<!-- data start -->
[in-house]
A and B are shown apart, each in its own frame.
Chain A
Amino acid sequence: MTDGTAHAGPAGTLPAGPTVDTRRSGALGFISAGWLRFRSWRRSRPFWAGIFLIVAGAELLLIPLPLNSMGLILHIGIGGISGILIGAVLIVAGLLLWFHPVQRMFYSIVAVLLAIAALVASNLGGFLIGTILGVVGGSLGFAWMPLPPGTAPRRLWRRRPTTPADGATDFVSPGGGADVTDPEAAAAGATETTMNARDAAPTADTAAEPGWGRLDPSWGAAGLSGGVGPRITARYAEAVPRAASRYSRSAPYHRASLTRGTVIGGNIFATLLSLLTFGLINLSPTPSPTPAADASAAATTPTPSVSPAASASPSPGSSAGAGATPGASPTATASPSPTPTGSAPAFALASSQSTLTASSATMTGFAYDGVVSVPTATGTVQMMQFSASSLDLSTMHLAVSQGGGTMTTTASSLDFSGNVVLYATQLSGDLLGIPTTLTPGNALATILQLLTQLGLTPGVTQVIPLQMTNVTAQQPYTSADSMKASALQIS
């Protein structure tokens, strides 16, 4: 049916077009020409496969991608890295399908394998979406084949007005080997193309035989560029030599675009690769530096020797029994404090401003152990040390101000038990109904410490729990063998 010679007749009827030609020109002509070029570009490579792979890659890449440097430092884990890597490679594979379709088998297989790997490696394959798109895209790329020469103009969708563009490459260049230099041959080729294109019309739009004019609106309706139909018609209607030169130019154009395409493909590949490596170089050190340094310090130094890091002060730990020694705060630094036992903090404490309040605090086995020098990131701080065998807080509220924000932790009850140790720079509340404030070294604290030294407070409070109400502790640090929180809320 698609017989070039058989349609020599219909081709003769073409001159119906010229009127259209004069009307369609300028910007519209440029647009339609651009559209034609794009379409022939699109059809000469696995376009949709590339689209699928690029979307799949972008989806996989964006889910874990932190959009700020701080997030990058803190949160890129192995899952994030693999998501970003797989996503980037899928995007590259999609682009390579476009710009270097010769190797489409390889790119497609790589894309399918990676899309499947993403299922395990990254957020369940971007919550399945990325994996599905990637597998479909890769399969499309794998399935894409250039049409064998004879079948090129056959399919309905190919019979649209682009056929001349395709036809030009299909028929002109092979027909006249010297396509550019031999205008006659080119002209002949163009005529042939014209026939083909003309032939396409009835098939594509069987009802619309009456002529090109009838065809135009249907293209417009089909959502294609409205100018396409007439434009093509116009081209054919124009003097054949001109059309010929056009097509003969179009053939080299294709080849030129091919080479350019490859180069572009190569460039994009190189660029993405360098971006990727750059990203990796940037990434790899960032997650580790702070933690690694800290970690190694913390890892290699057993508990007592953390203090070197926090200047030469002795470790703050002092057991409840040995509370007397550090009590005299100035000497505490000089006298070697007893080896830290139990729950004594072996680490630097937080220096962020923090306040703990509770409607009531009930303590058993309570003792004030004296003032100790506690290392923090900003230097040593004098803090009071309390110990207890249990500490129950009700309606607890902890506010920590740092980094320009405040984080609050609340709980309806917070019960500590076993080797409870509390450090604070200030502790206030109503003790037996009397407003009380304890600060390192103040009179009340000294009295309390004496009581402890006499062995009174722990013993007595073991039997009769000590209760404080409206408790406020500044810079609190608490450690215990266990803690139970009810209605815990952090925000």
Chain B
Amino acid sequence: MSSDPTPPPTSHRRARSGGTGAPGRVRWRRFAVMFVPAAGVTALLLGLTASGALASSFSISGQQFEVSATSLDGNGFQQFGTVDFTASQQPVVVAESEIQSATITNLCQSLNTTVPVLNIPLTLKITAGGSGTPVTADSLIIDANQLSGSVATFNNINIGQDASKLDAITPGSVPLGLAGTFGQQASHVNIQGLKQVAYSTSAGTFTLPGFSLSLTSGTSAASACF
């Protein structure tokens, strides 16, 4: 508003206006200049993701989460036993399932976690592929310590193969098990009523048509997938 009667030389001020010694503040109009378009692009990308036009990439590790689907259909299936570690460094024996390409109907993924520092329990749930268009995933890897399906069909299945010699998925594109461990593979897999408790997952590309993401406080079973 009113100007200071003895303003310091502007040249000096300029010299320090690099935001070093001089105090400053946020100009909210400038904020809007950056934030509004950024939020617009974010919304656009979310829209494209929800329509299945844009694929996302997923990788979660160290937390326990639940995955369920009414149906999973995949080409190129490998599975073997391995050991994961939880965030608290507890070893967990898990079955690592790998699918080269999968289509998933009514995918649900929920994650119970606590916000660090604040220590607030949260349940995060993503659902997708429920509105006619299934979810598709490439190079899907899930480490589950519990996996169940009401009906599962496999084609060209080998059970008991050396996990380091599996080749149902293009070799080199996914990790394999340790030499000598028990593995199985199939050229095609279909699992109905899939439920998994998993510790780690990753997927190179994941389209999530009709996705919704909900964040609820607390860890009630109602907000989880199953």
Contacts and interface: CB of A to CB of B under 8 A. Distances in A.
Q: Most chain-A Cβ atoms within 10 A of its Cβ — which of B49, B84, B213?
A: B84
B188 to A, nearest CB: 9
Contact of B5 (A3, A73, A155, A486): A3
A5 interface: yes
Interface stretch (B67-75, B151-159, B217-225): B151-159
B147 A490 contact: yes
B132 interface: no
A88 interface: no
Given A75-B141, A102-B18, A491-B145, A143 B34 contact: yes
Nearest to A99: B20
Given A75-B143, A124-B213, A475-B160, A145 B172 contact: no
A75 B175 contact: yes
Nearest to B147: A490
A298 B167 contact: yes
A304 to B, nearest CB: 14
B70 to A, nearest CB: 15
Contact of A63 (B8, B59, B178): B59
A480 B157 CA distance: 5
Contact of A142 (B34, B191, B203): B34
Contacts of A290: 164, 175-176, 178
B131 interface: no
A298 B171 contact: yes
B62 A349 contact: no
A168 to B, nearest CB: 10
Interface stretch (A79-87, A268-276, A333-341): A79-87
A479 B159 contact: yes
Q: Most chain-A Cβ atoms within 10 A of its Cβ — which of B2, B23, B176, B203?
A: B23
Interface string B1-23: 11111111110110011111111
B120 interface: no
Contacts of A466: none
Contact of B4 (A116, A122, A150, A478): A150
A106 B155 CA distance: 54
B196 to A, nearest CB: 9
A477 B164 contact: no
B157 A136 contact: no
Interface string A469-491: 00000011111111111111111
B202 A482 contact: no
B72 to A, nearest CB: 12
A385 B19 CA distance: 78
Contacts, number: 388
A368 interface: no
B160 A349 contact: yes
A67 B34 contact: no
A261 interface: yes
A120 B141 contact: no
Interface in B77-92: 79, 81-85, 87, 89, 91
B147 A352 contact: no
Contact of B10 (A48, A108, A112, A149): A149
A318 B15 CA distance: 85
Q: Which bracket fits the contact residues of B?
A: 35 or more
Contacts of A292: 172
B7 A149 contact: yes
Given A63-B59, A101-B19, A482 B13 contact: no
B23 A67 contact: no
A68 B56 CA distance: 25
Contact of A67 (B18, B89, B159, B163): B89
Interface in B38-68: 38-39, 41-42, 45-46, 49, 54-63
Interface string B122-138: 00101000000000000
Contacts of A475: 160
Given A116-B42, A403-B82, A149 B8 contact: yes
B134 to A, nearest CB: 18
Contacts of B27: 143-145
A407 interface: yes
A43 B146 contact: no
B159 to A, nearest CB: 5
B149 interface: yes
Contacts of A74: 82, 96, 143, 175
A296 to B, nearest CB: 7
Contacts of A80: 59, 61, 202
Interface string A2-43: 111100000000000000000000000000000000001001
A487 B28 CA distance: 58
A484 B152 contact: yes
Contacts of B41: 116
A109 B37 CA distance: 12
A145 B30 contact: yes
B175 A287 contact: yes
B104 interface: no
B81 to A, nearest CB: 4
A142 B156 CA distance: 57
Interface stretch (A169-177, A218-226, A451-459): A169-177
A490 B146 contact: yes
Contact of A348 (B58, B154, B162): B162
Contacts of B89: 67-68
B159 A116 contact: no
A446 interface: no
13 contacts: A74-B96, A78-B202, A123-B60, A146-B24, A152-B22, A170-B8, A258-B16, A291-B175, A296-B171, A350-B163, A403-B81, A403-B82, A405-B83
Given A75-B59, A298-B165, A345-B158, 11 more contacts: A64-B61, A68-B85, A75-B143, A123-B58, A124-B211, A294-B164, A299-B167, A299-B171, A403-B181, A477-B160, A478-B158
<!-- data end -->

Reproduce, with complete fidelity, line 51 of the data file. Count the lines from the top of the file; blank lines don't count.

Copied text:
Contacts, number: 388